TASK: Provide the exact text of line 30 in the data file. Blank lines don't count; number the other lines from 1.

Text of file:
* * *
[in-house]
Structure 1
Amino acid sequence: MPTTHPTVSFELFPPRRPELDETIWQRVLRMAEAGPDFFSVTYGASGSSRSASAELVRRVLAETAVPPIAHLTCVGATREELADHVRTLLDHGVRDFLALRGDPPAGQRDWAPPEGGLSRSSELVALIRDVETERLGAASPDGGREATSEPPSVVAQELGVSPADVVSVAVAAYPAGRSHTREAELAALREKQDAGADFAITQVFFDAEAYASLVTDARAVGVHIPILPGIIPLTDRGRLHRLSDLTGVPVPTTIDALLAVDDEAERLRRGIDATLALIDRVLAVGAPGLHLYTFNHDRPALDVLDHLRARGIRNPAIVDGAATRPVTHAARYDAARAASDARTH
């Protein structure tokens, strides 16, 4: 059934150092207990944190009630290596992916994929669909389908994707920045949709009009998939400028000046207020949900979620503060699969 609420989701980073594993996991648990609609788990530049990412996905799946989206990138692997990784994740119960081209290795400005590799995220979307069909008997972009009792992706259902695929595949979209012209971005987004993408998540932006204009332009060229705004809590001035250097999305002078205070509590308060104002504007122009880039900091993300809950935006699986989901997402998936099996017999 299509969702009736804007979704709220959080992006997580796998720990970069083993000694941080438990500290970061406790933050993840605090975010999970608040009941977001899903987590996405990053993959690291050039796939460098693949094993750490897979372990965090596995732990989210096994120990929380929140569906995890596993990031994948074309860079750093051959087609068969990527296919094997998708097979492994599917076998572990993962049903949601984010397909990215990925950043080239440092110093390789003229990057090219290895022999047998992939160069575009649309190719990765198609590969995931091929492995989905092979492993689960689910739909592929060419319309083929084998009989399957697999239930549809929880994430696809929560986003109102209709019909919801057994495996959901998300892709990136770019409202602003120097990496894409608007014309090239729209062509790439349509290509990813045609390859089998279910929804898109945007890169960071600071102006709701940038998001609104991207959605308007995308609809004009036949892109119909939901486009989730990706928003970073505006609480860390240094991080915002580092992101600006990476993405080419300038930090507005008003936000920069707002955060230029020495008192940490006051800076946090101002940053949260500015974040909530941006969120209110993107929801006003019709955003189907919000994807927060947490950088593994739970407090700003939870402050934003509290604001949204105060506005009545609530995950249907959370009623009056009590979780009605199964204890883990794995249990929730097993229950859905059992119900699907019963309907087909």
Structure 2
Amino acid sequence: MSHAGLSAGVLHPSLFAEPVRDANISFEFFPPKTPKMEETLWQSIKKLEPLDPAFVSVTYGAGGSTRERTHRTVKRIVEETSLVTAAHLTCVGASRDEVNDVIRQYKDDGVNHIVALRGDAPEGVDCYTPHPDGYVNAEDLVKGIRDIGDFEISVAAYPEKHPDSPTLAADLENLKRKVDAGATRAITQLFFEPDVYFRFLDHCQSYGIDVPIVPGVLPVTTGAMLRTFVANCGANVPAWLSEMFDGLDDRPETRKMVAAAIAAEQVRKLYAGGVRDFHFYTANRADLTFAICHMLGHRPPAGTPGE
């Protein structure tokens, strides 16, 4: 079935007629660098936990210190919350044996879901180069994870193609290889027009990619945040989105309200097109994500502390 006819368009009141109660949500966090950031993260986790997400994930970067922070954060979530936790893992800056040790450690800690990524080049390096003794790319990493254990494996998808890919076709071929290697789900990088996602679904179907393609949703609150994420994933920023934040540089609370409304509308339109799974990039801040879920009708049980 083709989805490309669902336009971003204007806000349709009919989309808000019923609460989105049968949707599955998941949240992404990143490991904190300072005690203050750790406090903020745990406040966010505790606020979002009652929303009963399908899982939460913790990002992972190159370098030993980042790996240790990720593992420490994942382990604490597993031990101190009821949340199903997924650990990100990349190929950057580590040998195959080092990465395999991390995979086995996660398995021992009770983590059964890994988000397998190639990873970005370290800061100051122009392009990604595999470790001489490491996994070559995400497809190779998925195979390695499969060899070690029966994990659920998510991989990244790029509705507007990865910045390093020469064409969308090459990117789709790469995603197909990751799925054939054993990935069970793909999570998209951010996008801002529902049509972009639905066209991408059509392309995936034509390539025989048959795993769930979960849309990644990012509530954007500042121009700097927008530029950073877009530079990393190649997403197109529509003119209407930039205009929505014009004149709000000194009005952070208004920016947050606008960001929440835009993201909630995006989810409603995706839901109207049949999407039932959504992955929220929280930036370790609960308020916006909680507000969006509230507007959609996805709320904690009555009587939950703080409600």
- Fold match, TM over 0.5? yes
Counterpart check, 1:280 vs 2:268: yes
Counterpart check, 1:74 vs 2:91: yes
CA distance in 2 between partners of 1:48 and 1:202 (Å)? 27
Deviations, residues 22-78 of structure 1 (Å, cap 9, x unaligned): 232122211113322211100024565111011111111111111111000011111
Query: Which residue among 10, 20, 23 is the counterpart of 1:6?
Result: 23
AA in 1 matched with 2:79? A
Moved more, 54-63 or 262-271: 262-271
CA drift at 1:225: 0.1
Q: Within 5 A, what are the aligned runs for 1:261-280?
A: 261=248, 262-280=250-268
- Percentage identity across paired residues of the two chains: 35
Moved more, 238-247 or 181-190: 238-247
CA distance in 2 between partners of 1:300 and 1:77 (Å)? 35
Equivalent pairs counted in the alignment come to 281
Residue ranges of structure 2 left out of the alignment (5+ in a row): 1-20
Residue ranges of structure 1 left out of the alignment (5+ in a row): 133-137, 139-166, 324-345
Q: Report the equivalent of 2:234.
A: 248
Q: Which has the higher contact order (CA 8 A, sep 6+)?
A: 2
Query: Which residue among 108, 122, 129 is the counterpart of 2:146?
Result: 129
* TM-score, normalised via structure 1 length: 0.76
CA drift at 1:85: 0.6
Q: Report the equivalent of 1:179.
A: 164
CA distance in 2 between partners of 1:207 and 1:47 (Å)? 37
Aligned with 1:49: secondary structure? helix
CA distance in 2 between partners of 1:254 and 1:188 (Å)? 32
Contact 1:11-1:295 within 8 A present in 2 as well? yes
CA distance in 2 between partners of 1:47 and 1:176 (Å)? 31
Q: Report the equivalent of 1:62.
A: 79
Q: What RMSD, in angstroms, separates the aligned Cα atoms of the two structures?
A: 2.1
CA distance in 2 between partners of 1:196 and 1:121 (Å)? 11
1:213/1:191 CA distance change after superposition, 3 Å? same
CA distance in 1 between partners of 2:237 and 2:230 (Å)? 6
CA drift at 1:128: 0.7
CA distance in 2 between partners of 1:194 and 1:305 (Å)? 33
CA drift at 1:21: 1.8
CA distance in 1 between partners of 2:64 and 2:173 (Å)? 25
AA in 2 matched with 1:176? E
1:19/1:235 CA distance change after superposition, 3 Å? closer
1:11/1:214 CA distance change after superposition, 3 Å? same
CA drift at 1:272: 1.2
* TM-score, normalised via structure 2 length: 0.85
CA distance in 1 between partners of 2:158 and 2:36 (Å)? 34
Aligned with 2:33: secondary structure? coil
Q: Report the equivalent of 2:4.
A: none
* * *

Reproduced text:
Query: Which residue among 108, 122, 129 is the counterpart of 2:146?